Bonding with the squirrels
I don’t think there is a bird lover or bird enthusiast who hasn’t had a few run-ins with squirrels. They are the most aggravating, most persistent, and in general, biggest “nuisance” of all pests. No wonder many people (myself included) call them “tree rats.”
I have been waging war with a pair of these XZ#@!%! critters all season, over the rights to the seed in my bird feeders. I have sent the tree rats for wild rides with my mechanized spinner feeder. They come back. I have chased them with a broom. (That’s embarrassing.) They outran me, and later came back.
Finally, I resorted to vintage pump action BB-pistol that I found at the monthly flea market. But between my bad aim and the long time between shots, the gun had no effect, so the squirrels started taunting me. They would stop fleeing half way down the stairs and wait on the landing for me to run out of ammo. That’s what provoked me into chasing them with a broom that was close at hand.
Despite my lack of success, I have to admit that it has become great sport shooting at the squirrels, but my way-not-a-sharpshooter status is now the talk of the critter kingdom.
Apparently, squirrels told the raccoons that I am powerless, so they have started raiding the feeders every night.
The raccoons are much bigger targets than squirrels, but my wimpy BB-gun has absolutely no effect on them. Zero. Zip. Nada.
In fact, in another embarrassing moment, as I was dissuading a raccoon that was standing his ground directly below my deck (and bird feeders) as my BB-gun continually misfired. I simply stared him in the eye and dropped the gun on him from 16 feet. Of course, I missed him.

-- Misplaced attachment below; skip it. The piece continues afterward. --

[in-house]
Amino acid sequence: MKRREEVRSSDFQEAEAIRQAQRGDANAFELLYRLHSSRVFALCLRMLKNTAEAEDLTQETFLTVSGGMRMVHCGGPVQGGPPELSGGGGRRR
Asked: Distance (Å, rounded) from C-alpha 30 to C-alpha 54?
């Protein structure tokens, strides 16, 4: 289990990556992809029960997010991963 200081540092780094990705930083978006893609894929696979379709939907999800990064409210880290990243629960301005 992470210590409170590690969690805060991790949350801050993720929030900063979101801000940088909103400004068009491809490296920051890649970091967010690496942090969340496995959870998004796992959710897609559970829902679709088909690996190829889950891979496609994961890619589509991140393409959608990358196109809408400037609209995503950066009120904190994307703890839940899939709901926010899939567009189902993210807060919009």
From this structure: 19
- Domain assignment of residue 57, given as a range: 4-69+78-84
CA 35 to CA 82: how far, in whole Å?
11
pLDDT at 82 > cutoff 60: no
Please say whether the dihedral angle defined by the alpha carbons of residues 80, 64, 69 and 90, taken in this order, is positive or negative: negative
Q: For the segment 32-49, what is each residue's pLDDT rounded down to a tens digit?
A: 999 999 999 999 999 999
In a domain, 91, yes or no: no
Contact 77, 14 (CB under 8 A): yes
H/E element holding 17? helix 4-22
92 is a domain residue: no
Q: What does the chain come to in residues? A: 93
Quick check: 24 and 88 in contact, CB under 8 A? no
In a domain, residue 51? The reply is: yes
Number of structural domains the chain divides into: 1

I had about given up my claim to the birdfeeders, when my wife and I watched a 60-Minutes retrospective, celebrating the 50-year legacy of “James Bond” films (I have seen them all.) Eureka. Bond had given me the answer to my critter problems — James Bond’s weapon of choice — a Walther PPK pistol, shaken not stirred.
I could act out “Goldfinger” or “The Man with the Golden Gun.” If I missed my target, I could shout out to the squirrels, “Die Another Day.”
Unfortunately, when I proposed the idea of upping the arms race to my wife, she acted out a scene from “Dr. No,” thereby revoking my “License to Kill.”
Fortunately, I am an eternal optimist. In fact, I have a sort of, “Tomorrow Never Dies” philosophy, so I went on the Internet and found a Walther PPK replica — a BB-gun — with a 15-shot clip, rapid-fire, semi-automatic action, and BB’s traveling at 295 feet-per-second. Amazon.com to the rescue.
Here squirrely, squirrely — BLAM, BLAM, BLAM, BLAM BLAM, BLAM, BLAM, BLAM, BLAM, BLAM, BLAM, BLAM, BLAM, BLAM … BLAM.
After just three days of blasting away at the squirrels and raccoons, I have very little “pestage” at the bird feeder, and so far I have resisted the temptation to shoot at the turkeys that feed on the rejected seed below the feeders. But, it’s a long 18 weeks until Thanksgiving, and now that I have my own Walther PPK BB gun, I want to use it.
So bring it on, squirrels. Show me what you’ve got. Come back to my bird feeders and I’ll be glad to introduce myself. “Bond, James Bond."
Writer's Note: No squirrels were harmed, frightened or even discouraged during the writing of this story. For details about a better way to repel squirrels at your bird feeder, look for my upcoming column on a new line of bird feed, that squirrels find too, "Hot, Hot, Hot" — now available at Pleasant Places on Main Street in Waynesville.